I Was Esther Greenwood

I Was Esther Greenwood

Books are deceptively tidily-packaged keystones of great power—and, if you’re lucky (as I consider myself to be), years of reading will arm you with presentiments about what a protracted brush against that power might do [to] you. And I had that hunch with The Bell Jar. I’ve known everything there was to know about the novel before I read it, and every little thing was bad news for someone like me. Call it readerly superstition, call it a far-too-strong awareness of my own psychological climate: I stayed away from Plath’s novel because it was about me.

And once I closed the book, I went back to the little gauge in my soul. There was the usual hum that runs through you after a good and/or timely book. But beyond that: I felt strange—both superior and self-pitying; I looked at all the teenagers that swarmed that coffee shop, all those souls that would never ever need to be scared of a book like The Bell Jar—all for naught or otherwise. [Continue reading.]

On Undercurrents, and assorted rushed fragments

1 From Undercurrents: A Life Under the Surface, by Martha Manning: Depression is such a cruel punishment. There are no fevers, no rashes, no blood tests to send people scurrying in concern. Just the slow erosion of the self, as insidious as any cancer. And, like cancer, it is essentially a solitary experience. A room [...]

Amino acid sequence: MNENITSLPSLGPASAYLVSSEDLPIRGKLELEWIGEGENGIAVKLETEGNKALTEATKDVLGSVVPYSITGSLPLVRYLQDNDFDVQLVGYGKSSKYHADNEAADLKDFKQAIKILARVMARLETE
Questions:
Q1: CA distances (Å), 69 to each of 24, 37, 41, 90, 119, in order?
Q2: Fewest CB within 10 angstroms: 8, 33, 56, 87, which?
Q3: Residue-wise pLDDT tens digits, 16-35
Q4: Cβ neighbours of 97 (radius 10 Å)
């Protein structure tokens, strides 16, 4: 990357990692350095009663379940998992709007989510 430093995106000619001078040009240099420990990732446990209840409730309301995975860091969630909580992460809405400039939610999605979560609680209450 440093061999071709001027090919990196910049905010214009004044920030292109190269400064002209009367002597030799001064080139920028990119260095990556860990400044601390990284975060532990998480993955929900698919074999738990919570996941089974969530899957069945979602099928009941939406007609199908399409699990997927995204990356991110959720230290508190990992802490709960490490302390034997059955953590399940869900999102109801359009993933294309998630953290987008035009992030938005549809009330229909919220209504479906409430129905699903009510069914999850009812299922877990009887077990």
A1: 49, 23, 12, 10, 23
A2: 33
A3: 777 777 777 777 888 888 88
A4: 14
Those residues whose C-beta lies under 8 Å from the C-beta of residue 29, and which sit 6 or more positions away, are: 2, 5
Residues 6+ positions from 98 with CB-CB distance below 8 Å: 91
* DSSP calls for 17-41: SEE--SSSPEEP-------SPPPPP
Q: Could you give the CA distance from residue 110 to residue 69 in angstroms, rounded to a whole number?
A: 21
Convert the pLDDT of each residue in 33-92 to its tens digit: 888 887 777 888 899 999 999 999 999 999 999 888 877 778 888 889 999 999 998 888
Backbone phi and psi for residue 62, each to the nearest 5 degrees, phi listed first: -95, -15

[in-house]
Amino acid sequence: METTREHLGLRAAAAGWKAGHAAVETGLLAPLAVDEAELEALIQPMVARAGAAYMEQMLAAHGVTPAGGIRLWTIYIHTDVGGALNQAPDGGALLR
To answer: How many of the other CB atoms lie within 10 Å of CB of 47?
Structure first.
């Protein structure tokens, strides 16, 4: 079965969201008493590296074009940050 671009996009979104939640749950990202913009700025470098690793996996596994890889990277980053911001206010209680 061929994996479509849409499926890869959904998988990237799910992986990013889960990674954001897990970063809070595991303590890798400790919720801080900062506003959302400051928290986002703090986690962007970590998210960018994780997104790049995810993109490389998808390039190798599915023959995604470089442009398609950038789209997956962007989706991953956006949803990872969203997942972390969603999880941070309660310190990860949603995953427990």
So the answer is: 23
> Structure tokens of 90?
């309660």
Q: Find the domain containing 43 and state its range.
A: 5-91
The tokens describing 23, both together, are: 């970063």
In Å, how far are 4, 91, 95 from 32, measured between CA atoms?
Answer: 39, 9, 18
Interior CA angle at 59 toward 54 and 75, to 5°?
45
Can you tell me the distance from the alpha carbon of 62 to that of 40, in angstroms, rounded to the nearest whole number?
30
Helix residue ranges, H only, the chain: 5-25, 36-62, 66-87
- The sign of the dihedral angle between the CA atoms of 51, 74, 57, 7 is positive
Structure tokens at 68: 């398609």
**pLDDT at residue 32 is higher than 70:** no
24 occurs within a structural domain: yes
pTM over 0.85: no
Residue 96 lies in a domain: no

“The first thing that reading teaches us is how to be alone.”

Note: The following post shall be more of depository for random oohs and aahs and quotables than anything else. So, if you want the summary: Yes, I liked this book a lot. Hee. “The first thing,” the author writes, “that reading teaches us is how to be alone.” To be alone. To read. To get [...]

marginalia || Darkness Visible: A Memoir of Madness, by William Styron

A few moments after I carefully peeled the protective plastic off William Styron's Darkness Visible: A Memoir of Madness, I wrote in my notebook: I feel like this is going to put me in the wringer. Odd to hold a slim book in your hands and think, "This is going to beautiful that it might [...]

marginalia || It’s Kind of a Funny Story, by Ned Vizzini

There are characters you "approve of" or admire as an element of the craft, there are characters you'd marvel at if they were ever real, there are characters who become human. And then there are those characters that you identify with, whether this damns you or not. Craig Gilner, the fifteen-year-old protagonist of It's Kind of [...]